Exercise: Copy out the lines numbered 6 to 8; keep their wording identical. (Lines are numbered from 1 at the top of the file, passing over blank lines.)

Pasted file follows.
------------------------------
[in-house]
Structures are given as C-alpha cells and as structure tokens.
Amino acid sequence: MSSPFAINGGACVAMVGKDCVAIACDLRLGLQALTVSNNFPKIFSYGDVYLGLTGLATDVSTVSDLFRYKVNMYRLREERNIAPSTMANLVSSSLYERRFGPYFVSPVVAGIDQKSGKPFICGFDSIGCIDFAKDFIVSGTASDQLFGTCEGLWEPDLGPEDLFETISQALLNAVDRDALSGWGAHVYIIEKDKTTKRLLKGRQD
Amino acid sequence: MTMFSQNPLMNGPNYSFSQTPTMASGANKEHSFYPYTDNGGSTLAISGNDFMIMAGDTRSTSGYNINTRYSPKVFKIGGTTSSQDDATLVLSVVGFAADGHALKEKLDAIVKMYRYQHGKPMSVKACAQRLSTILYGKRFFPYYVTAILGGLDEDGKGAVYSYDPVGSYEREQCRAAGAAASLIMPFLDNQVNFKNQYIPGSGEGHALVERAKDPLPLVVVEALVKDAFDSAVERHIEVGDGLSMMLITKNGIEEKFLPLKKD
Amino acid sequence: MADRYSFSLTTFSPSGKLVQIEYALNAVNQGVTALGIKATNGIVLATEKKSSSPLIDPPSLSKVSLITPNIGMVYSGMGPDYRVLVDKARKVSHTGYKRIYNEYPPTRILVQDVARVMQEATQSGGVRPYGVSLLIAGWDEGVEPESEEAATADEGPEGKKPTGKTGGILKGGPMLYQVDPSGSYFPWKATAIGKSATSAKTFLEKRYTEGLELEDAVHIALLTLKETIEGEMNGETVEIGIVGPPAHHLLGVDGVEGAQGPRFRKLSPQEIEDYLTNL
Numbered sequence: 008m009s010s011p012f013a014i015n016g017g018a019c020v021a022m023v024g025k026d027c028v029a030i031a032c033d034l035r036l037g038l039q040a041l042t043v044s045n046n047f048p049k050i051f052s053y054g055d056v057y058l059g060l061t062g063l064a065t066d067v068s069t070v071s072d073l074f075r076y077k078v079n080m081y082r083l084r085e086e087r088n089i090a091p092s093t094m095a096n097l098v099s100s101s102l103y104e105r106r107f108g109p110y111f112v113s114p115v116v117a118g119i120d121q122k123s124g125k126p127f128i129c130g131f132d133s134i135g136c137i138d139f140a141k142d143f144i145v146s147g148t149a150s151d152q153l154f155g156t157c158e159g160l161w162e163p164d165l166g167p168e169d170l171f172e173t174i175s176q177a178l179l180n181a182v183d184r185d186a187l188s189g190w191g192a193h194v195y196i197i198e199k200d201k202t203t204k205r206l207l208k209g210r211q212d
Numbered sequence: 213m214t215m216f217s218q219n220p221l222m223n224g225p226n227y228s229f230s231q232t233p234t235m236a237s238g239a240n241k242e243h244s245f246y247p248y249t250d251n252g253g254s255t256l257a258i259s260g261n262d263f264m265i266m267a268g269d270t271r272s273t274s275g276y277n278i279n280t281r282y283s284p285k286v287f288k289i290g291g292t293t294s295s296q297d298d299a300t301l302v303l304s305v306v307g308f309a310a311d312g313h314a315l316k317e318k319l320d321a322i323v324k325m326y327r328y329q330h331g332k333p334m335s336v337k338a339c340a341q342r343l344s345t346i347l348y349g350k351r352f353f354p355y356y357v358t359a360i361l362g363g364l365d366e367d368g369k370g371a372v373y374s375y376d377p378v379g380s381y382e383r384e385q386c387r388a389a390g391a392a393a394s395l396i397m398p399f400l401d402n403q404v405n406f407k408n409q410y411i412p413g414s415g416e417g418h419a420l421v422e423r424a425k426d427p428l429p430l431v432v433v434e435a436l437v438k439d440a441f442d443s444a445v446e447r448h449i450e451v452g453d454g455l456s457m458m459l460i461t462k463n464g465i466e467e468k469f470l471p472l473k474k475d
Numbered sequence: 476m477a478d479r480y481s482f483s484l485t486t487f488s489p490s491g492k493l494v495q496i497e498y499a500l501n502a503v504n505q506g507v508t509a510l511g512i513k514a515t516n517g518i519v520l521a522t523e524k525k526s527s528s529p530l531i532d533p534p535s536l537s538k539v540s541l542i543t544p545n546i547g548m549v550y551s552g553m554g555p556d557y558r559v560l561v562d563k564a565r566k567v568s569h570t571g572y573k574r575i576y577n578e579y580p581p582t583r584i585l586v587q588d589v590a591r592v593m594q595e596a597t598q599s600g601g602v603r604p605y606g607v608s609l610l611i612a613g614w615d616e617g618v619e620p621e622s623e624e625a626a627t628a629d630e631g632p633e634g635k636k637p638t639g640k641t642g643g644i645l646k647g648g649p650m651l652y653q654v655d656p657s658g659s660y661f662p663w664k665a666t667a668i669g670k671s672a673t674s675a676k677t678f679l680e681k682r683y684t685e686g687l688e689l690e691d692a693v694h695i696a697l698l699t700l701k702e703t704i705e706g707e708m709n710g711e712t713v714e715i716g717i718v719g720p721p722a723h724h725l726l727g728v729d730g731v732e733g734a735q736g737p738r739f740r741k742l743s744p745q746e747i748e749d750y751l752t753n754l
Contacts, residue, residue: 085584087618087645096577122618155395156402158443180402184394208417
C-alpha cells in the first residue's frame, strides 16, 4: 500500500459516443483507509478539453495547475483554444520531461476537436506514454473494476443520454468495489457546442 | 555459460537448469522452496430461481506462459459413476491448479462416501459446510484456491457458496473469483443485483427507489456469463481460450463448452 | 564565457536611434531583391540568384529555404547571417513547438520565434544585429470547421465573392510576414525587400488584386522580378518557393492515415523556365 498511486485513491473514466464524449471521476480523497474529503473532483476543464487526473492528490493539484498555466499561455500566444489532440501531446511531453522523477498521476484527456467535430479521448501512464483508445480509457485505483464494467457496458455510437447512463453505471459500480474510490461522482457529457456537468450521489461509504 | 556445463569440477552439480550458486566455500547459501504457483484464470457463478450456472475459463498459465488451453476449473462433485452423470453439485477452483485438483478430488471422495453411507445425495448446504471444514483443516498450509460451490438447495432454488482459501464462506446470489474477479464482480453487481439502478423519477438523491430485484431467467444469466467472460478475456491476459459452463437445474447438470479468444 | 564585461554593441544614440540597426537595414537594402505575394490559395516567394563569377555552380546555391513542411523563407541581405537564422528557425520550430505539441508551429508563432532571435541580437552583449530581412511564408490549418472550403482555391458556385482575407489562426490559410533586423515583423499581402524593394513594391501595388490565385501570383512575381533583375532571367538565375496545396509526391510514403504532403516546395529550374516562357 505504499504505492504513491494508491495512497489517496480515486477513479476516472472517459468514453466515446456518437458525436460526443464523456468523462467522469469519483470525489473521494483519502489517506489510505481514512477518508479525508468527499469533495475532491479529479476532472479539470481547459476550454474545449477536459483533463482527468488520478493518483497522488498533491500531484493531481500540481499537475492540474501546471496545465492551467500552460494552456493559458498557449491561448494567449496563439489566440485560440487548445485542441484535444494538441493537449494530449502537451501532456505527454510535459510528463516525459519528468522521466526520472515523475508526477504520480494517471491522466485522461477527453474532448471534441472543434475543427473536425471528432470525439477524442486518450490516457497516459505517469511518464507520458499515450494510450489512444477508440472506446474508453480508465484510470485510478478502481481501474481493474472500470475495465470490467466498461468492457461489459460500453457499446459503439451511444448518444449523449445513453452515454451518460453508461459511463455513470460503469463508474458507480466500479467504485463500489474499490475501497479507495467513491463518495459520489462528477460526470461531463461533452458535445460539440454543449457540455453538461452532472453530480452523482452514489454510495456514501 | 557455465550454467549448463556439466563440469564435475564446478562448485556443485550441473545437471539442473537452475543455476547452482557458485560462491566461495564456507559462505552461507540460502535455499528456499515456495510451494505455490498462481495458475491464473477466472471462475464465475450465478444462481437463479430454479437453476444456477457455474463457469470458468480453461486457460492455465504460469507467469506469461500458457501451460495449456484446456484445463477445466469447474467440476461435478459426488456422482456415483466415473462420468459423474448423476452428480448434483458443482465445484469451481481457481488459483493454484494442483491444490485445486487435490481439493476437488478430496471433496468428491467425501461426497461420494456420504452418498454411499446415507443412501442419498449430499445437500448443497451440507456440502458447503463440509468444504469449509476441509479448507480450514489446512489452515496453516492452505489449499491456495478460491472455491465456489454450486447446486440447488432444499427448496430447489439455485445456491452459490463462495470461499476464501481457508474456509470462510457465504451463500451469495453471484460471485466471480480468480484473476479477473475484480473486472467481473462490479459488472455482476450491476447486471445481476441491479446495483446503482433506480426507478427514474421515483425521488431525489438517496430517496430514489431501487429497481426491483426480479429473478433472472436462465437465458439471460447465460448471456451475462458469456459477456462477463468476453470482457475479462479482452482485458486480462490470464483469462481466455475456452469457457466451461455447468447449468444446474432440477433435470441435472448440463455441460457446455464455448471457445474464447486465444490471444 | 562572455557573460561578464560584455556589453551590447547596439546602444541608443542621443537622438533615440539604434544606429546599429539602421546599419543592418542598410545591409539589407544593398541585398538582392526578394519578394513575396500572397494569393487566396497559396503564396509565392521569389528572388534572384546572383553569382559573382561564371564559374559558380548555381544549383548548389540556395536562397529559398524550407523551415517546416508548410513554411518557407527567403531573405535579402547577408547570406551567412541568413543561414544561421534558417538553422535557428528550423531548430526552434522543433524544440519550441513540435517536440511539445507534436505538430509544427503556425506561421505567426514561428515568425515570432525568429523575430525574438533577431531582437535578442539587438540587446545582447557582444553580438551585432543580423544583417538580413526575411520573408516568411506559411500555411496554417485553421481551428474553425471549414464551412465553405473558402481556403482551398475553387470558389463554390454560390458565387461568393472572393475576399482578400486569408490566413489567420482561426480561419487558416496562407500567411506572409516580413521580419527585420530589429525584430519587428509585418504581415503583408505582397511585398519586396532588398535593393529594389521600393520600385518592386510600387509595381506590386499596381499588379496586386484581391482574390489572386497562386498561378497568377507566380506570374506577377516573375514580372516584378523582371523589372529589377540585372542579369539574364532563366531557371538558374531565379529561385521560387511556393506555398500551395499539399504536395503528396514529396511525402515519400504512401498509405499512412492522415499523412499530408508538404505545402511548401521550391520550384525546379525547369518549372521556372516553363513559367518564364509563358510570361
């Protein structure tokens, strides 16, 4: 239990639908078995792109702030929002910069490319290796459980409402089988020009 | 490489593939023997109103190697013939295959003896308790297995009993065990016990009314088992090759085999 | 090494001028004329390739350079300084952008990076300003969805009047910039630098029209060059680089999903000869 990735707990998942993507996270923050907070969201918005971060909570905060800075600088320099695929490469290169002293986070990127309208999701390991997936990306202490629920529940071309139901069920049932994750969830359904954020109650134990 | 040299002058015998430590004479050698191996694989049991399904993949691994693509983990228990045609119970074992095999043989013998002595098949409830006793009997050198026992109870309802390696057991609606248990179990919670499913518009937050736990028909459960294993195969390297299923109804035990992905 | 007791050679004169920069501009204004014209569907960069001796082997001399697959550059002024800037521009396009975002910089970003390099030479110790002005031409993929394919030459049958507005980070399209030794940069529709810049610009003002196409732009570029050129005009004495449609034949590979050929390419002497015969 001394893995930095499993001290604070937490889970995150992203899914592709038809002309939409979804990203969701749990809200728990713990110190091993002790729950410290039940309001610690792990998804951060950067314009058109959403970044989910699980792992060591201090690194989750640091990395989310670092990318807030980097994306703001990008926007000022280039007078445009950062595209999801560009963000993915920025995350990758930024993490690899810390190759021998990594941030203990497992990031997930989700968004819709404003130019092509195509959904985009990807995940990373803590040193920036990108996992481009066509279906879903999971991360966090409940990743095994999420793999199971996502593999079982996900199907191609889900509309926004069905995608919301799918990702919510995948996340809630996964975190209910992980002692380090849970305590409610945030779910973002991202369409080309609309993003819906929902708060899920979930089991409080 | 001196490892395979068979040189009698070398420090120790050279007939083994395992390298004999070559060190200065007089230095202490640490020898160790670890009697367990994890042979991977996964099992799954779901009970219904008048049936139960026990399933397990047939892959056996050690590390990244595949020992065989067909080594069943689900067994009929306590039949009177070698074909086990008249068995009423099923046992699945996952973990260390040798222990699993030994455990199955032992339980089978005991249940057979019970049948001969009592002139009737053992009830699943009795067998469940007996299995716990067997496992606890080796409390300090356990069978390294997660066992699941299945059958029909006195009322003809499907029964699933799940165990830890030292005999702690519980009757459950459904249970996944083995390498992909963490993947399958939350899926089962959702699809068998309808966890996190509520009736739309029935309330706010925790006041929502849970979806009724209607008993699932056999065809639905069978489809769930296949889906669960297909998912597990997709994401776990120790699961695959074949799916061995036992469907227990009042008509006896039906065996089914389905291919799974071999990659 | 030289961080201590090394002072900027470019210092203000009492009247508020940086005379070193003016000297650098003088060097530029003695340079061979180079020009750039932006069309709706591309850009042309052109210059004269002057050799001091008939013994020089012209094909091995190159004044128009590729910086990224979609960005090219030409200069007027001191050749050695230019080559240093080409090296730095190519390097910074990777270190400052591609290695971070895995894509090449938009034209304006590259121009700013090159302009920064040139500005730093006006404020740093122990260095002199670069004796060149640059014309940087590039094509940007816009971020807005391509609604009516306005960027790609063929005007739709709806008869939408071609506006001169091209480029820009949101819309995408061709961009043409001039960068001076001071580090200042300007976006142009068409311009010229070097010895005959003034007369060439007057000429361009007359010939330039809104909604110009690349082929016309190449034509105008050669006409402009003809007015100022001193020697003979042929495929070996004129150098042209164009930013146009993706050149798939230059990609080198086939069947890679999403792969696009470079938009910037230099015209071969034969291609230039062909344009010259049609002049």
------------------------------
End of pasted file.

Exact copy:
Numbered sequence: 008m009s010s011p012f013a014i015n016g017g018a019c020v021a022m023v024g025k026d027c028v029a030i031a032c033d034l035r036l037g038l039q040a041l042t043v044s045n046n047f048p049k050i051f052s053y054g055d056v057y058l059g060l061t062g063l064a065t066d067v068s069t070v071s072d073l074f075r076y077k078v079n080m081y082r083l084r085e086e087r088n089i090a091p092s093t094m095a096n097l098v099s100s101s102l103y104e105r106r107f108g109p110y111f112v113s114p115v116v117a118g119i120d121q122k123s124g125k126p127f128i129c130g131f132d133s134i135g136c137i138d139f140a141k142d143f144i145v146s147g148t149a150s151d152q153l154f155g156t157c158e159g160l161w162e163p164d165l166g167p168e169d170l171f172e173t174i175s176q177a178l179l180n181a182v183d184r185d186a187l188s189g190w191g192a193h194v195y196i197i198e199k200d201k202t203t204k205r206l207l208k209g210r211q212d
Numbered sequence: 213m214t215m216f217s218q219n220p221l222m223n224g225p226n227y228s229f230s231q232t233p234t235m236a237s238g239a240n241k242e243h244s245f246y247p248y249t250d251n252g253g254s255t256l257a258i259s260g261n262d263f264m265i266m267a268g269d270t271r272s273t274s275g276y277n278i279n280t281r282y283s284p285k286v287f288k289i290g291g292t293t294s295s296q297d298d299a300t301l302v303l304s305v306v307g308f309a310a311d312g313h314a315l316k317e318k319l320d321a322i323v324k325m326y327r328y329q330h331g332k333p334m335s336v337k338a339c340a341q342r343l344s345t346i347l348y349g350k351r352f353f354p355y356y357v358t359a360i361l362g363g364l365d366e367d368g369k370g371a372v373y374s375y376d377p378v379g380s381y382e383r384e385q386c387r388a389a390g391a392a393a394s395l396i397m398p399f400l401d402n403q404v405n406f407k408n409q410y411i412p413g414s415g416e417g418h419a420l421v422e423r424a425k426d427p428l429p430l431v432v433v434e435a436l437v438k439d440a441f442d443s444a445v446e447r448h449i450e451v452g453d454g455l456s457m458m459l460i461t462k463n464g465i466e467e468k469f470l471p472l473k474k475d
Numbered sequence: 476m477a478d479r480y481s482f483s484l485t486t487f488s489p490s491g492k493l494v495q496i497e498y499a500l501n502a503v504n505q506g507v508t509a510l511g512i513k514a515t516n517g518i519v520l521a522t523e524k525k526s527s528s529p530l531i532d533p534p535s536l537s538k539v540s541l542i543t544p545n546i547g548m549v550y551s552g553m554g555p556d557y558r559v560l561v562d563k564a565r566k567v568s569h570t571g572y573k574r575i576y577n578e579y580p581p582t583r584i585l586v587q588d589v590a591r592v593m594q595e596a597t598q599s600g601g602v603r604p605y606g607v608s609l610l611i612a613g614w615d616e617g618v619e620p621e622s623e624e625a626a627t628a629d630e631g632p633e634g635k636k637p638t639g640k641t642g643g644i645l646k647g648g649p650m651l652y653q654v655d656p657s658g659s660y661f662p663w664k665a666t667a668i669g670k671s672a673t674s675a676k677t678f679l680e681k682r683y684t685e686g687l688e689l690e691d692a693v694h695i696a697l698l699t700l701k702e703t704i705e706g707e708m709n710g711e712t713v714e715i716g717i718v719g720p721p722a723h724h725l726l727g728v729d730g731v732e733g734a735q736g737p738r739f740r741k742l743s744p745q746e747i748e749d750y751l752t753n754l